The top 10 productions of the 2013-14 Milwaukee theater season
The 2013-14 theater season has closed, and now it's on to the wonderful summer of productions in Spring Green and Door County.
Before hitting the road, I wanted to talk about a season that gave us so much wonderful theater. It's hard to believe sometimes that a city the size of Milwaukee has so many companies that do such outstanding work.
It's impossible to pick one or two plays that left memorable impressions on me. So I went back through all my reviews in the past theater season and picked the ten that had an impact on me. I saw somewhere around 70 plays this season; narrowing it to just ten is difficult.
One of the most interesting things I found was that three of my selected few were one-man plays. Normally, I'm not a fan of them, but in this case, the three had such an impact they had to make the list.
So, here we go: My ten favorites from a memorable season of theater.
1. Skylight Music Theatre's "El Cimarron" was a stunning, unique and excruciatingly powerful story of Esteban Montejo, who was born a slave in Cuba, escaped to the woods, fought in the Cuban War of Independence from Spain and lived to be 113 years old before dying in 1973. With unusual music from Hanz Werner Henze, four onstage musicians and one actor weaving a compelling story of joys and sorrows, the show was a continuing testimony to the courage of artistic director Viswa Subbaraman, who pushes the envelope for Skylight with wonderful results.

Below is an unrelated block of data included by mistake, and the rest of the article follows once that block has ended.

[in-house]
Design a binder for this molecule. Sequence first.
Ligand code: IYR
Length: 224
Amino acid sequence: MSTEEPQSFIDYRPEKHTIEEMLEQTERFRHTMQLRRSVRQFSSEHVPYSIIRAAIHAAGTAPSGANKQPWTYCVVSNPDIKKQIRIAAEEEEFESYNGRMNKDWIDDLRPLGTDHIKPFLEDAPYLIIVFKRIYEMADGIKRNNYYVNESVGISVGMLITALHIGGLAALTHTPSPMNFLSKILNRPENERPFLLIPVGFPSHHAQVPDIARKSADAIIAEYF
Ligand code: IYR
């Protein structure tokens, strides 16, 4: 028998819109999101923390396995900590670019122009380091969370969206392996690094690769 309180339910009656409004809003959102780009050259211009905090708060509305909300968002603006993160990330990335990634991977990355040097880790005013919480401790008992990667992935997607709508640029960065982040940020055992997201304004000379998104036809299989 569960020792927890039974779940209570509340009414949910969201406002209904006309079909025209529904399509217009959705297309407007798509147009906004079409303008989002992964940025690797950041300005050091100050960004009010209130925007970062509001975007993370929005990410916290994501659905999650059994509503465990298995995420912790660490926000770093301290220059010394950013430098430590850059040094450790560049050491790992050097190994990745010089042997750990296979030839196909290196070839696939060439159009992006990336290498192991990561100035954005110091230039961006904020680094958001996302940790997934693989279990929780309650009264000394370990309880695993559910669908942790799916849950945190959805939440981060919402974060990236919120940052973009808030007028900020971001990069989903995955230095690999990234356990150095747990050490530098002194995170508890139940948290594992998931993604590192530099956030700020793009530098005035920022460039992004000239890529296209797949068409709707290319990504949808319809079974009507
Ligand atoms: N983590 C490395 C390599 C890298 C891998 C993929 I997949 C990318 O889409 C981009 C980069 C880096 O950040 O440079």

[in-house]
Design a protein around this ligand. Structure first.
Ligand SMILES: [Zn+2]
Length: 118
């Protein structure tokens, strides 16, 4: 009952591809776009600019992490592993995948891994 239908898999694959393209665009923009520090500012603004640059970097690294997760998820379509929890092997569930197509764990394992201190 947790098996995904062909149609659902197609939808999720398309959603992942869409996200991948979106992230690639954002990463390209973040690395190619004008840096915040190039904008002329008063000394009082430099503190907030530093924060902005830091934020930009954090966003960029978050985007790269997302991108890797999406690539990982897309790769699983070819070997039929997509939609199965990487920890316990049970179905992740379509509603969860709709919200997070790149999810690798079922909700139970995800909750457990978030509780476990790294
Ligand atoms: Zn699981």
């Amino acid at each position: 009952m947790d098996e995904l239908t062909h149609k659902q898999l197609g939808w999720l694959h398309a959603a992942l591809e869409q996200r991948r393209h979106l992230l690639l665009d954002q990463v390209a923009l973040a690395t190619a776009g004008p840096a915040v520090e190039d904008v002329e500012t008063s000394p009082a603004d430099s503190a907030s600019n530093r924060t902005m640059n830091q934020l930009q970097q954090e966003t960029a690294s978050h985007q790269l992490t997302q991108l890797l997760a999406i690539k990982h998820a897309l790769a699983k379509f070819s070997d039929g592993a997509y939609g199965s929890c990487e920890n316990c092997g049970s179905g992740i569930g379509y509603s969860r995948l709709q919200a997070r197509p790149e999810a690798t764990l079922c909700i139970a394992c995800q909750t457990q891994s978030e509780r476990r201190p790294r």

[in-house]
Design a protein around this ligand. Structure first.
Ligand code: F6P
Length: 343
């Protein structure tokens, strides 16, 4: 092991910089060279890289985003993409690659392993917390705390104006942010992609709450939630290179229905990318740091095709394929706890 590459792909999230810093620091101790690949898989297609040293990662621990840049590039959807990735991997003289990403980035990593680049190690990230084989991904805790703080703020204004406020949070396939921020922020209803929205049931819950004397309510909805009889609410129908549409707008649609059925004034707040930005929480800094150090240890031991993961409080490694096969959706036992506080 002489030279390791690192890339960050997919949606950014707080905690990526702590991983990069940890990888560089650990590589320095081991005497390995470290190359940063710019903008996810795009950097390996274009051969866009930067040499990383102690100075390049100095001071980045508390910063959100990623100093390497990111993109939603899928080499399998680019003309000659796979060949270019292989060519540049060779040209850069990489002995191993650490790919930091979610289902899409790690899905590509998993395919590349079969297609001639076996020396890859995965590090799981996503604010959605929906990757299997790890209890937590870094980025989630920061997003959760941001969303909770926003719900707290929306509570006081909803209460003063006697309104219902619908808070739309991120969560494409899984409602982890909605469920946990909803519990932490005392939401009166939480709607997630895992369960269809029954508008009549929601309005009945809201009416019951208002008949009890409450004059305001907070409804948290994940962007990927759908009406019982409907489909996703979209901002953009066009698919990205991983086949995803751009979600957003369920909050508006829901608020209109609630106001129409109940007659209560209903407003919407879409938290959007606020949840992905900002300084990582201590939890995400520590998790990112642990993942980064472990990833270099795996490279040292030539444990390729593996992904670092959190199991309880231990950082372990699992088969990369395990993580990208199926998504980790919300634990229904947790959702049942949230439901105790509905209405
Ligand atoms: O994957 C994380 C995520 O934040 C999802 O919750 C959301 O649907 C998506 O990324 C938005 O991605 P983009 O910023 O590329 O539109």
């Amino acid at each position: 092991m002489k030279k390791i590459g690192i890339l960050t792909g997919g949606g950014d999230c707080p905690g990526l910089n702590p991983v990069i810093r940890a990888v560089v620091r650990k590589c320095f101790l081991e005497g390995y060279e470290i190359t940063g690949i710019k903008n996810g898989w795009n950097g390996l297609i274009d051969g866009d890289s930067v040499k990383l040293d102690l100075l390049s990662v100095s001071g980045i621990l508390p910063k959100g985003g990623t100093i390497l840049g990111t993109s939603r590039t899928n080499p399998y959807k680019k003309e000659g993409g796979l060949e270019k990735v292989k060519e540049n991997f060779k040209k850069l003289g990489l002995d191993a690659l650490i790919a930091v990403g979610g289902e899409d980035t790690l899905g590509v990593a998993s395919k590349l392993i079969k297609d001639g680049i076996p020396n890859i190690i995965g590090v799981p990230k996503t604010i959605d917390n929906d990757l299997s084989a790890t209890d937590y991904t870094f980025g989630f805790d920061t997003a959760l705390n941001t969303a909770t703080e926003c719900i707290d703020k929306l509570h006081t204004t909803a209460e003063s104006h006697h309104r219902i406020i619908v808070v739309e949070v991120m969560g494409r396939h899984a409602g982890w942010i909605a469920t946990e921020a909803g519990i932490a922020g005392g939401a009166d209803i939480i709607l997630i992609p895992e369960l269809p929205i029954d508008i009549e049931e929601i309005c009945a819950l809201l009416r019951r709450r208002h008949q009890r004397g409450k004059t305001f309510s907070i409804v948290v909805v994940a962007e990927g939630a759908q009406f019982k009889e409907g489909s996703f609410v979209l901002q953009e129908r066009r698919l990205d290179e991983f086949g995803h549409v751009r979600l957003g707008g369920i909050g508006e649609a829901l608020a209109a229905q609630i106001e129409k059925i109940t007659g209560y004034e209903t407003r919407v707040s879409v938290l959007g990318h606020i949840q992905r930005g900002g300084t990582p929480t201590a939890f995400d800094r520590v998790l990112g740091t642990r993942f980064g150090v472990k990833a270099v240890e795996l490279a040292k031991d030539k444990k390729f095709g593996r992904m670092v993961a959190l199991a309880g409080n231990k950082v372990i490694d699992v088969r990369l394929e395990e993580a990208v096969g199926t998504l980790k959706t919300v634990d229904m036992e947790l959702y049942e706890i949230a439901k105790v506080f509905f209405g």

2. Great theater is about telling a story, and it's hard to find a much cooler story than "An Iliad," the epic poem by Homer, staged by The Milwaukee Rep with James DeVita as the only man on stage. His performance left me breathless and delivered what may well be the most memorable moment all season: DeVita reciting from memory all the wars that have ever been fought. From the Crusades and the War of the Roses, to various Mongolian and Viking invasions all the way up to Libya and Syria. The drama of this moment is sharp as we watch DeVita run through war after war until he nears the end, overwhelmed by the unending litany of cruelty and inhumanity. He buries his head in his hands, a curdling testimony to what war hath wrought upon lives and souls.